Twenty-six-year-old Miss Ugonma Johnson had always wanted to write.
She loved writing so much as a child that she began to dream of becoming a journalist.
The young woman, however, gave up hope of becoming a journalist and her passion for writing after she lost her father as a child and lost her mother to pelvic cancer as a teenager, as she dropped out in JS1) and had to cater for herself and her siblings.
She told the News Agency of Nigeria (NAN) in Lagos on Saturday that she resorted to hawking different fruits including bananas, groundnuts and garden eggs, to make ends meet.
“Even though I did not have an opportunity to go back to secondary school, I kept reading at home.
“I homeschooled myself. I would borrow books from friends and read.
“I was promoting myself at home, and somewhere along the line, some people came together and helped me to pay for the West African Senior Secondary Certificate Examination.
“After that, there was nothing to do, so I gave up on my dreams and continued hawking. I would wake up at 5.00a.m., go to Mile 12 Market, anything I found, I bought and sold,” she said.
Johnson, further recalled that at some point in her life, she was not happy anymore and began to feel like she was missing something.
She said she began having passion for writing again and rekindled hope to achieve her dream of becoming a journalist when she joined the magazine department at her church, Assemblies of God’s Church.
“I transcribed interviews. I would write down anything that happened in church and during youth week, I would compile and broadcast them as news.
“Before I knew it, people started calling me a newscaster. Then, the women department of my church gave me scholarship award to go back to school,” she narrated.
She said she applied for journalism at the National Broadcasting Academy, Ikeja, because she did not want to risk losing the scholarship with a programme that would take longer duration.
According to the journalist-turned food vendor, she was unable get a job after the programme, apparently because she did not have a degree.
This compelled her to approach someone from her church, who worked with a daily newspaper so she could improve her skills.
Johnson said there was progress when she got a job at a radio station, as the head of content.
She noted, however, that she still found it difficult to pay bills and have time to oversee a project she started.
” I learnt a lot on the job but I couldn’t keep borrowing,
“I couldn’t keep eating on credit, then I knew I had to go back to my business of hawking.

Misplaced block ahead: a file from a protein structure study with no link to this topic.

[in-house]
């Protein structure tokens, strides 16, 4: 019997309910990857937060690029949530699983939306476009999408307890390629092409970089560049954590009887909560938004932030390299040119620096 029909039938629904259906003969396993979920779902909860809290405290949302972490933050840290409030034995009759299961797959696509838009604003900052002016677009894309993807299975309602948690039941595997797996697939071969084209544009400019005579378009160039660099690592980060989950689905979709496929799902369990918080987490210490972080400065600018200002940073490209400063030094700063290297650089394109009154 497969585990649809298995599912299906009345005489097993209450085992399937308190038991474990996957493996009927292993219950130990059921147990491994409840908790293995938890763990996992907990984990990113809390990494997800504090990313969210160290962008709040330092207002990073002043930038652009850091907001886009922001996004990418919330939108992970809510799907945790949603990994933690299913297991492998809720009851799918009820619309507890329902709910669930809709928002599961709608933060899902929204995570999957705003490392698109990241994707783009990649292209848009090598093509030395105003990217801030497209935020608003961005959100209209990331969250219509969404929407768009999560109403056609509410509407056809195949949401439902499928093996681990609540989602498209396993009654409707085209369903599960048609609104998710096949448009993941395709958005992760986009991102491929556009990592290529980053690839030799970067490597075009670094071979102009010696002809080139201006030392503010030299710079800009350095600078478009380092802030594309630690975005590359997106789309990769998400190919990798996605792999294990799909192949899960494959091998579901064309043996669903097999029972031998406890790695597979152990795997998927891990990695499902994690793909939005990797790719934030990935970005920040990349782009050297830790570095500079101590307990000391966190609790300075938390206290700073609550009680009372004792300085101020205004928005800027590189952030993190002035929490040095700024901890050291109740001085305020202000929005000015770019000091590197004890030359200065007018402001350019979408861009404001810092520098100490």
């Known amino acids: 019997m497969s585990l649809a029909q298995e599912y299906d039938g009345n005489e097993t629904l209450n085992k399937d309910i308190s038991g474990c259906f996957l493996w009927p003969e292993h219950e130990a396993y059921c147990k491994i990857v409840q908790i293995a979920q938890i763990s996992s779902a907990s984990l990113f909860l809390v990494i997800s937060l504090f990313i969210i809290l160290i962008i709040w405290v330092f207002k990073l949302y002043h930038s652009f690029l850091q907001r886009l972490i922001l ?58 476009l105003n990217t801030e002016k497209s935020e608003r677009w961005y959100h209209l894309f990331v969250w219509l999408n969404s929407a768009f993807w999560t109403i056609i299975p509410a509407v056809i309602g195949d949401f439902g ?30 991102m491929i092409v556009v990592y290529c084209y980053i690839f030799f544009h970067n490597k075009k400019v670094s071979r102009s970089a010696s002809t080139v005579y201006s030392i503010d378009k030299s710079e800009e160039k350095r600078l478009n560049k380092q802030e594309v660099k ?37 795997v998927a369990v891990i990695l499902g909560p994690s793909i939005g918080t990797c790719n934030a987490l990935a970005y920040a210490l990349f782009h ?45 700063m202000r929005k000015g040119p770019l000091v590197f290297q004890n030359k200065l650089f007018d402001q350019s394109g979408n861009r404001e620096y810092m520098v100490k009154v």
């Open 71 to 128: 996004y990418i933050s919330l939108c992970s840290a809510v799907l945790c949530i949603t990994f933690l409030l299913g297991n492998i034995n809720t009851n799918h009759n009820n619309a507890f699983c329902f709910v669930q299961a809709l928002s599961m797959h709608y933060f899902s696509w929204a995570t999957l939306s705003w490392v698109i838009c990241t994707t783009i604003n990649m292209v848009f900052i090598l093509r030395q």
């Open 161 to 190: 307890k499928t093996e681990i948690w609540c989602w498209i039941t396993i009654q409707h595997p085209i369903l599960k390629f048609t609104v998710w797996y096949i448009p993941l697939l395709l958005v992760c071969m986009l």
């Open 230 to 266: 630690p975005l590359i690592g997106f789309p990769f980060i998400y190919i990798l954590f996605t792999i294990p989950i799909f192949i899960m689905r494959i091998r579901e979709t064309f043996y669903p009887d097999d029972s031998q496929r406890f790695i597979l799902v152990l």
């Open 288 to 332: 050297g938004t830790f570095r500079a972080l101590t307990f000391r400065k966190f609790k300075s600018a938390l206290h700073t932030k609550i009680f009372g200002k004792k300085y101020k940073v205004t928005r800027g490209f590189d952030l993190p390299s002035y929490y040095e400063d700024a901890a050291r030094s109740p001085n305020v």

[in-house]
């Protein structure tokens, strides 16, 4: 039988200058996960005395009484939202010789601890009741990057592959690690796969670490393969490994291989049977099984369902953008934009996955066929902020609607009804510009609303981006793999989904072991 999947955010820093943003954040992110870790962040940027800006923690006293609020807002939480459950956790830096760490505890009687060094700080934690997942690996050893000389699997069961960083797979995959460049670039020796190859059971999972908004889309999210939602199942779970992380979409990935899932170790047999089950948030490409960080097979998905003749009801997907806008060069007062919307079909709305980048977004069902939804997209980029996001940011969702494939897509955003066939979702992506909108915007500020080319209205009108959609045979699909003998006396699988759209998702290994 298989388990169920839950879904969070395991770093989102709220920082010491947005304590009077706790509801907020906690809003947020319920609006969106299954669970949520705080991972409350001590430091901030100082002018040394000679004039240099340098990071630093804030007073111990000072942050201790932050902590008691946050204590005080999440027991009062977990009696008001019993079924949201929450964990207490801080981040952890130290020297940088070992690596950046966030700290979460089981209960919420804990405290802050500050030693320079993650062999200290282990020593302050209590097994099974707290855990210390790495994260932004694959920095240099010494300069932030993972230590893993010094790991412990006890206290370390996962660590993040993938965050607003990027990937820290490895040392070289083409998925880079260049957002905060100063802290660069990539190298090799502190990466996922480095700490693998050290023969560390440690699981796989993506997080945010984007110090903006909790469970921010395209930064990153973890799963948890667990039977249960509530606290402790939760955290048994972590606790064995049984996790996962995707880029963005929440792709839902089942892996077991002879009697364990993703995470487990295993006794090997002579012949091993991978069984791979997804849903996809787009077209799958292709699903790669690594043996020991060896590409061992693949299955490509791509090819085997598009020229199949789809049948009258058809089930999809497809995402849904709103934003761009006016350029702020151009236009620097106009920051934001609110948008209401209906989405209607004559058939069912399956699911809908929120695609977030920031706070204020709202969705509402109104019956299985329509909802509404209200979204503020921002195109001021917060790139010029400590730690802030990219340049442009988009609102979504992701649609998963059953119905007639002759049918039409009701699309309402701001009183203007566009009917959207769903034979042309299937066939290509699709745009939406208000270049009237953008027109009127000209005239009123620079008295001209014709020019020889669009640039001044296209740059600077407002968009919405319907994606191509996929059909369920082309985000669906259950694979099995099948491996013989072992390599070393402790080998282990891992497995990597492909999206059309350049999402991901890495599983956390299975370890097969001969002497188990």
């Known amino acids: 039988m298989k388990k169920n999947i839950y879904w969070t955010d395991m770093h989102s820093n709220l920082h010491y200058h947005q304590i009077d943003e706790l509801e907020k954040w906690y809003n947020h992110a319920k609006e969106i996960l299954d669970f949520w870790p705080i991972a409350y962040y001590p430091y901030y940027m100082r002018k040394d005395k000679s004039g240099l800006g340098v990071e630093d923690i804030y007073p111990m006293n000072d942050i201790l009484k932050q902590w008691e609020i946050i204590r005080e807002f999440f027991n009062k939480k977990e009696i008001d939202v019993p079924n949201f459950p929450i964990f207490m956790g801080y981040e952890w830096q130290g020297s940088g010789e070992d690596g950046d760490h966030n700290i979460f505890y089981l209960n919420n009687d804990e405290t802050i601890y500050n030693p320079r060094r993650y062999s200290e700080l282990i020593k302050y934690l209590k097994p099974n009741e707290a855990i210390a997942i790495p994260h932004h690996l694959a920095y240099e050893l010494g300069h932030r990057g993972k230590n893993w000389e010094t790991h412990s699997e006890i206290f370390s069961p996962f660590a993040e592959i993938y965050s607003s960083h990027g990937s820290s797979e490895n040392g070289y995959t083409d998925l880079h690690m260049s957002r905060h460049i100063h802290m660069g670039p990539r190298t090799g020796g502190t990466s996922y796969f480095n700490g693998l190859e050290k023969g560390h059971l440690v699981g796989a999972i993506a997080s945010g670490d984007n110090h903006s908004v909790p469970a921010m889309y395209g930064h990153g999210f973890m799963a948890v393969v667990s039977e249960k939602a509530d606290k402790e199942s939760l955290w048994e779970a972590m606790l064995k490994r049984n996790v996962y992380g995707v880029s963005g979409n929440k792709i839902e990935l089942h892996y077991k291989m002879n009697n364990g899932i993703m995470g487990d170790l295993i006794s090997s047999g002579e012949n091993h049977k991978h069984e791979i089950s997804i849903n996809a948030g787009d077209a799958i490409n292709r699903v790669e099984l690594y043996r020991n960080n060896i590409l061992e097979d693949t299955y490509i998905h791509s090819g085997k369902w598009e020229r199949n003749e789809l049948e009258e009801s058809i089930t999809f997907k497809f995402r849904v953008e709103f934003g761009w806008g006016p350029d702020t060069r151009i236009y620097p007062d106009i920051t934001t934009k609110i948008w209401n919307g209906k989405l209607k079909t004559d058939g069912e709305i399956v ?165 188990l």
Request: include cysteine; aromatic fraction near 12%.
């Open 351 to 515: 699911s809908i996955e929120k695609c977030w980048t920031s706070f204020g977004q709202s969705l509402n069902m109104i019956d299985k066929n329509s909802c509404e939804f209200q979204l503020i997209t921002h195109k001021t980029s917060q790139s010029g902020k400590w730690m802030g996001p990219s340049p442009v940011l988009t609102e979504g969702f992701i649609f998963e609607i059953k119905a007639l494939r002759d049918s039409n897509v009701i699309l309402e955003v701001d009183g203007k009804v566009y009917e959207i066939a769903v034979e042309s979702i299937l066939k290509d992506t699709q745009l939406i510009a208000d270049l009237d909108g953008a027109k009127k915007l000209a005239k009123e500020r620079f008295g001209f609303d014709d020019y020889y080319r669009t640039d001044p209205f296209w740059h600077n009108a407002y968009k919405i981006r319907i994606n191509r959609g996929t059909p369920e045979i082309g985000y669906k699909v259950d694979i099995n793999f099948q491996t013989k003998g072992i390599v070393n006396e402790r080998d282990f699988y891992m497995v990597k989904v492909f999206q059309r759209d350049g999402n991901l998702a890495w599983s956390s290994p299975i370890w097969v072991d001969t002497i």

“It was not easy at first going back to something I felt I had left. While going into journalism, I felt had left hawking behind.
“Leaving my job did not mean I left writing. I just stopped working as a journalist.
“I still write till date. In fact, I have written a couple of works for people and authored my own books,” she told NAN.
She said her decision to leave journalism had significantly impacted her life because she had got the time and finances she needed for some youth projects in her community.
“In fact, that was when I organised the biggest event in my community.
“In May 2019, I released my first book, published with proceeds from the food business.
“There are so many other things I have done; a lot of teenagers depend on me for feeding, I give out sanitary pads in my community and I helped some people with school fees throughout last year.”
She said her food business was profitable, as she made an average profit of N10,000 daily.
She, however, cautioned those contemplating to change jobs not to be in a hurry but to take certain things into consideration.
“Consider the workplace or environment. Is it adding to your development?
“I didn’t leave because I wanted to be my on own boss. I left because I had a vision that was suffering.”
According to Johnson, choosing to serve humanity is not easy because there are sacrifices to be made.
She said that her projects, targeted at teenagers in her community, Ebute Meta West, had made her go hungry many times.
“I’m seeing the results because teenage pregnancy has reduced drastically.
“I have seen some go back to school, some learning skills and others taking their lives more seriously,” she, however, said.
She cautioned youths against vices and cutting corners.
“Everything is a process. You cannot jump the process. If you do, someday, somehow or somewhere, nature will bring you back to those stages you skipped.
“If you are working for somebody, handle it as your own; there is a saying that how you do one thing is how you do everything,” she said.
Johnson thanked donors, those who mentored the teenagers, and other social workers who partnered with her to organise seminars, trainings and provide basic necessities for the teenagers, including food and toiletries.
She appealed the governments to identify people, who had proven accountable within the society, to serve as proper channels to reach the indigent in communities. (NAN)